❖ Long Horned Bee
❖ Monarch Butterfly
❖ Eastern Bumble bee
❖ European Paper Wasp
❖ Great Golden Digger Wasp
❖ Cabbage White Butterfly
❖ Small Sweat Bees
❖ Hoverfly

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On this day the Eastern Bumble Bee seemed to enjoy the Hypericum Shrub as much as it did the previous day; however, there appeared to be fewer of them, perhaps due to an increase in wind that day. A few Eastern Bumble Bees were spotted on the Culver's Root plant as well. Interestingly, there was a higher presence of wasp species, such as the European Paper Wasp and Great Golden Digger Wasp. It should be noted that European Paper Wasps are considered an invasive species throughout North America. Multiple Cabbage White Butterflies were seen in the garden and appeared to be most attracted to an invasive species called Hoary Alyssum growing as a weed near Cone flowers. The Hoary Alyssum was later removed from the Butterfly Garden. On the North end of the Butterfly Garden a species of Hoverfly was discovered on an Orange Coneflower. Two Monarch Butterflies were on the tall Marsh Milkweed, one of four different Milkweeds in the CSA Butterfly Garden.

Protecting the CSA Grounds from Invasive Plants

Through the Ecology Committee the CSA has become a working partner with the North West Michigan Invasive Species Network (ISN). The ISN is a collaboration of over 40 partners in Benzie, Grand Traverse, Leelanau, and Manistee counties working to manage the invasive terrestrial plant populations that threaten Michigan’s natural communities. ISN was formed in 2005, and has been cooperating with partner organizations, municipalities and private property owners to remove and treat invasive species since. Most visible is the help they have given the CSA, free of charge, over the past three years with the removal of garlic mustard, dame’s rocket and invasive shrubs. ISN has also provided free workshops which have assisted our understanding of the importance of controlling the growth of invasive species.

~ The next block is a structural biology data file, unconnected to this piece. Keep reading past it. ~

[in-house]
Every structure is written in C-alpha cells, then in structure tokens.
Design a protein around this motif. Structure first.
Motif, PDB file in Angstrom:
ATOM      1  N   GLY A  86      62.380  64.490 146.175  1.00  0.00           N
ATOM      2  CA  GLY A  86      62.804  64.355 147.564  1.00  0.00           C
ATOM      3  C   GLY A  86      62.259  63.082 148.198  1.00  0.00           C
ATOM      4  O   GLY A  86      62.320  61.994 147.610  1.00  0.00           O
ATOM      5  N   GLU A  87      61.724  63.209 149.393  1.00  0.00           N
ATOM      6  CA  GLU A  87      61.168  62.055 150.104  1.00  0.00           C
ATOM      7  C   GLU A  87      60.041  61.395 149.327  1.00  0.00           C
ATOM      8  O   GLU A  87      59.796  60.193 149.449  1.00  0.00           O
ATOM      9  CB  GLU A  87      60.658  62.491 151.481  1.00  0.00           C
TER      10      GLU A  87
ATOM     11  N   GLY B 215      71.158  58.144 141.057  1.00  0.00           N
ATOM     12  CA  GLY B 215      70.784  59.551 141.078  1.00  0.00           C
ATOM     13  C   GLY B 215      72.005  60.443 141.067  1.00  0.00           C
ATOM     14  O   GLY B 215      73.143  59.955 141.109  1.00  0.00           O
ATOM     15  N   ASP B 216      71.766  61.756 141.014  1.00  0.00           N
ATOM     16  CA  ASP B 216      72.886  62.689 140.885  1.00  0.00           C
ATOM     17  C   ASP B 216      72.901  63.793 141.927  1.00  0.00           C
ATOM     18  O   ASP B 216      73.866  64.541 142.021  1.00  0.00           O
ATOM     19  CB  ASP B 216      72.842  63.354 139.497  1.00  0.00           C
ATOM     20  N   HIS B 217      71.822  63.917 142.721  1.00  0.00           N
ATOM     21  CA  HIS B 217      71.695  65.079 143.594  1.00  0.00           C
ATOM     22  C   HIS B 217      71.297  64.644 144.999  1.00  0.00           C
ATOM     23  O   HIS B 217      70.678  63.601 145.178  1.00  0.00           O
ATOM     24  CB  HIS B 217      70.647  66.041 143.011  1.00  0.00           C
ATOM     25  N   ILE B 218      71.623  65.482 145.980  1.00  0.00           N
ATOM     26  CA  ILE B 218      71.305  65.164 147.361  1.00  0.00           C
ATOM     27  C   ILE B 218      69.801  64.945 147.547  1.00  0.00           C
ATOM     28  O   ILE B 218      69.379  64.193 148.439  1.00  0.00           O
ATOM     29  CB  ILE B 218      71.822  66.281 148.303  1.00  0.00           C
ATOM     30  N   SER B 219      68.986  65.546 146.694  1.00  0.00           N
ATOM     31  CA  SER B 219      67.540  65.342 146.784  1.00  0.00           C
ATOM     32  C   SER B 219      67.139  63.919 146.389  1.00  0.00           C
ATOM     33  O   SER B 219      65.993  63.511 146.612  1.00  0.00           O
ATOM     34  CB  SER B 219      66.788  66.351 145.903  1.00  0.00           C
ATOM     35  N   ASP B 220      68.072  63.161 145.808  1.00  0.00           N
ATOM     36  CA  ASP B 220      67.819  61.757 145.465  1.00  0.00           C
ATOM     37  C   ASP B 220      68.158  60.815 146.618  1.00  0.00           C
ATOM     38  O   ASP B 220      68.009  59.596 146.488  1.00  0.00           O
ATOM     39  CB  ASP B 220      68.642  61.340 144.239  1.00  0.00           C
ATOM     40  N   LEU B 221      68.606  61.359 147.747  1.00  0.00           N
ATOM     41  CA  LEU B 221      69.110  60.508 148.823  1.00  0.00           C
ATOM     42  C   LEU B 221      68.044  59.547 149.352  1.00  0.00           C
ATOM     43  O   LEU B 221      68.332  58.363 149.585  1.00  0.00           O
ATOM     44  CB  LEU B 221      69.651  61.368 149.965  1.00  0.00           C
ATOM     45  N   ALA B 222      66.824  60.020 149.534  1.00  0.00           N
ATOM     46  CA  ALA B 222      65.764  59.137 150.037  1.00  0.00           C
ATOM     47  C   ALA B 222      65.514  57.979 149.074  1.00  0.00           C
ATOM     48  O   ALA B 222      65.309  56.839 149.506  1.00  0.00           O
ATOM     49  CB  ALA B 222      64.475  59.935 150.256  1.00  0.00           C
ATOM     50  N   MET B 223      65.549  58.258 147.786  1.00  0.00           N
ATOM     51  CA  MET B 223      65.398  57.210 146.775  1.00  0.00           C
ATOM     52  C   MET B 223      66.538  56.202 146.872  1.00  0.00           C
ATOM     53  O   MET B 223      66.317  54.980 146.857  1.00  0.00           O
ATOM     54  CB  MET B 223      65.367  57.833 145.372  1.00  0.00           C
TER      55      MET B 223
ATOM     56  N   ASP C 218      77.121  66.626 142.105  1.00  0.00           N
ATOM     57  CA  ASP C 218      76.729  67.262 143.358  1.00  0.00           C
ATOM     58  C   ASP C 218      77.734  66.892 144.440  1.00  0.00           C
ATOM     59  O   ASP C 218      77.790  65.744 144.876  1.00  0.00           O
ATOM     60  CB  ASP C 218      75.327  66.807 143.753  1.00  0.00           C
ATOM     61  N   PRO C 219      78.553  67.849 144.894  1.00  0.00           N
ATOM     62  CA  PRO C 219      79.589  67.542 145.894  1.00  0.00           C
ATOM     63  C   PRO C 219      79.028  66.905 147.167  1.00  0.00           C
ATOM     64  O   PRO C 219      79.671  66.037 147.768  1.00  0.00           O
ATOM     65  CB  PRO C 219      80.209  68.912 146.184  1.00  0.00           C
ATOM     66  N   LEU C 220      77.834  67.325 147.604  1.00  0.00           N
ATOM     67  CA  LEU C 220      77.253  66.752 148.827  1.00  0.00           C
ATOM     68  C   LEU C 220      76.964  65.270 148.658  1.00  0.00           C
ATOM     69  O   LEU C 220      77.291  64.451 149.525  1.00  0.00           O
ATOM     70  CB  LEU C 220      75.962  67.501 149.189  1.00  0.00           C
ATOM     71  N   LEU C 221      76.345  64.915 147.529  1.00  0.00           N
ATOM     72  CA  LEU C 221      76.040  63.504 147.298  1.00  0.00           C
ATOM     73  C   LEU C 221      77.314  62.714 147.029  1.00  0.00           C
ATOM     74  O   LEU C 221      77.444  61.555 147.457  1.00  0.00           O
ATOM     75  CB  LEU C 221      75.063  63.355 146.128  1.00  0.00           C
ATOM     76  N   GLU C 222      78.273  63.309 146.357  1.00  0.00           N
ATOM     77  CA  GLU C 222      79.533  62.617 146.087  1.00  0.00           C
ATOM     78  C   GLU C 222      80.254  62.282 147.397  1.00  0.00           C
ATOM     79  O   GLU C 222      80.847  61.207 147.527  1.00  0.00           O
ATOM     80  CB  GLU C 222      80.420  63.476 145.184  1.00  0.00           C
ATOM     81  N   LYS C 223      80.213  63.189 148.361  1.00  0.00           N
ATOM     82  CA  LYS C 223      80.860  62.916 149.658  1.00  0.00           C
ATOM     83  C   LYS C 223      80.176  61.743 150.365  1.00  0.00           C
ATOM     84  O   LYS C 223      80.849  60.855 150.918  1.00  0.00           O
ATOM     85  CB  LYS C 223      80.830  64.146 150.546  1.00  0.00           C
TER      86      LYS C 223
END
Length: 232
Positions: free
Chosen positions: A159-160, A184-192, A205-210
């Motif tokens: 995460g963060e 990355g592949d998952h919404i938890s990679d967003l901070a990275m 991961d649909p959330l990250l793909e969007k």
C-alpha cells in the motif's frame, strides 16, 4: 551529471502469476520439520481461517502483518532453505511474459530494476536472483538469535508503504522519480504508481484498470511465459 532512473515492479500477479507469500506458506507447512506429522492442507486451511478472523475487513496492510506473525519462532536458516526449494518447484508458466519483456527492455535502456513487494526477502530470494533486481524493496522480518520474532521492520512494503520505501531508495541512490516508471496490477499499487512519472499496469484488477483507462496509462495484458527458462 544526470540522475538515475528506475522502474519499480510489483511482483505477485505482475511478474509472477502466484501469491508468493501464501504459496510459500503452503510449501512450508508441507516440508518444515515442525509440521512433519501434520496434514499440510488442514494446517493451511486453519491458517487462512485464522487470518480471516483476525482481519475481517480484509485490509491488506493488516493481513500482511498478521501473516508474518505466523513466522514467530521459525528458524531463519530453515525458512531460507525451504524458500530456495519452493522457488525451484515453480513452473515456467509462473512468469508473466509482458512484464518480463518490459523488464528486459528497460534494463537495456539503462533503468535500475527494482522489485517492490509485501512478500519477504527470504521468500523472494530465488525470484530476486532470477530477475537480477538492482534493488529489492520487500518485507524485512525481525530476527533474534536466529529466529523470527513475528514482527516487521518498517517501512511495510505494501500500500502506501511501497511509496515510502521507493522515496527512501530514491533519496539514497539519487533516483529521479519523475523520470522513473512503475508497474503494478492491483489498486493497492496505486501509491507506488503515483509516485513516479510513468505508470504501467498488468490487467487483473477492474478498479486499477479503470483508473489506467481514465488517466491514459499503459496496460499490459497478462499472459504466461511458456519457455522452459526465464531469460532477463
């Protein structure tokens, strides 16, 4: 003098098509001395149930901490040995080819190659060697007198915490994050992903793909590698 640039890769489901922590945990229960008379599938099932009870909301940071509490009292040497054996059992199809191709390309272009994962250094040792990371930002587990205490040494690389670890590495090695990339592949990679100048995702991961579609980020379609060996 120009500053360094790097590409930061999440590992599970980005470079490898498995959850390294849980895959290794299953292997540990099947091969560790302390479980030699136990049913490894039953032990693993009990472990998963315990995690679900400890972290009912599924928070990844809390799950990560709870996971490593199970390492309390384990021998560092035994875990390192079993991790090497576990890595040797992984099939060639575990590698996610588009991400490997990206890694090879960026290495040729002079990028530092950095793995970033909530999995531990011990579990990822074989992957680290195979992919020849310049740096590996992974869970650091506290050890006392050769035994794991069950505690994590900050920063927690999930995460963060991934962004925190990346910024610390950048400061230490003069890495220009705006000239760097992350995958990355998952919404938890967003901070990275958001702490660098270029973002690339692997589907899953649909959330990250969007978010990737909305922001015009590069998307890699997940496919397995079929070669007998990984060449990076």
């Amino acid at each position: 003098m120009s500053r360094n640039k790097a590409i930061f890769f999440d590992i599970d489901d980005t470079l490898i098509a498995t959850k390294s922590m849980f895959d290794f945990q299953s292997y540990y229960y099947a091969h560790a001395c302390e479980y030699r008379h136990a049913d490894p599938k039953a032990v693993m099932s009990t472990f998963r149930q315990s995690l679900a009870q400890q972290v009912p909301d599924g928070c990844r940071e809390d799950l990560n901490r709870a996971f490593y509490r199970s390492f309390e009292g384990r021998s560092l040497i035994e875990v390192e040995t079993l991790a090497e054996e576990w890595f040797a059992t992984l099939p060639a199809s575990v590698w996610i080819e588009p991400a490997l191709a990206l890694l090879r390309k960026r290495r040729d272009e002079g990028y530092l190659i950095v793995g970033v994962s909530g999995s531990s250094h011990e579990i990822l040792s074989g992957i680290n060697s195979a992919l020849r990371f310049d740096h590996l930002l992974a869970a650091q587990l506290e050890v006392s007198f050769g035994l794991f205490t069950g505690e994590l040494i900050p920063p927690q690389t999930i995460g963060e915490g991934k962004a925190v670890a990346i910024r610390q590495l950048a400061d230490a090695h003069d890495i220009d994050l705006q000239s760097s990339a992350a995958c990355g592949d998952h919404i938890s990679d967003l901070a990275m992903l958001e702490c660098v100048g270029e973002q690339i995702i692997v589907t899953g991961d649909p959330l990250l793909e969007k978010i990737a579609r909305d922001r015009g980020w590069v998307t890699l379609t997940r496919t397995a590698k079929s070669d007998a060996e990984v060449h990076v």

As a result of this partnership, an Invasive Species Monitoring Group of about 20 CSA volunteers has formed. They have divided the CSA grounds among them, and with assistance from the folks at ISN, will survey the property periodically during the year to determine the extent of invasive plant growth and learn to detect new invasive species before they multiply and get out of control. The purpose of these efforts is to save the CSA time, money, and effort, as well as to protect the CSA environment for the future. The monitoring group’s data and suggested responses will be reported to the Board of Trustees and CSA community.

If you would like to volunteer for these monitoring efforts, please contact Nancy Baglan at or (314) 749-0099.

Below you will find a link to a very interesting article published by the North West Michigan Invasive Species Network, presenting information on the invasive plants that pose particular risk to our grounds, as well as to the greater Michigan communities. We hope you find it helpful.

Escaping Ornamentals: A Threat to Natural Area Biodiversity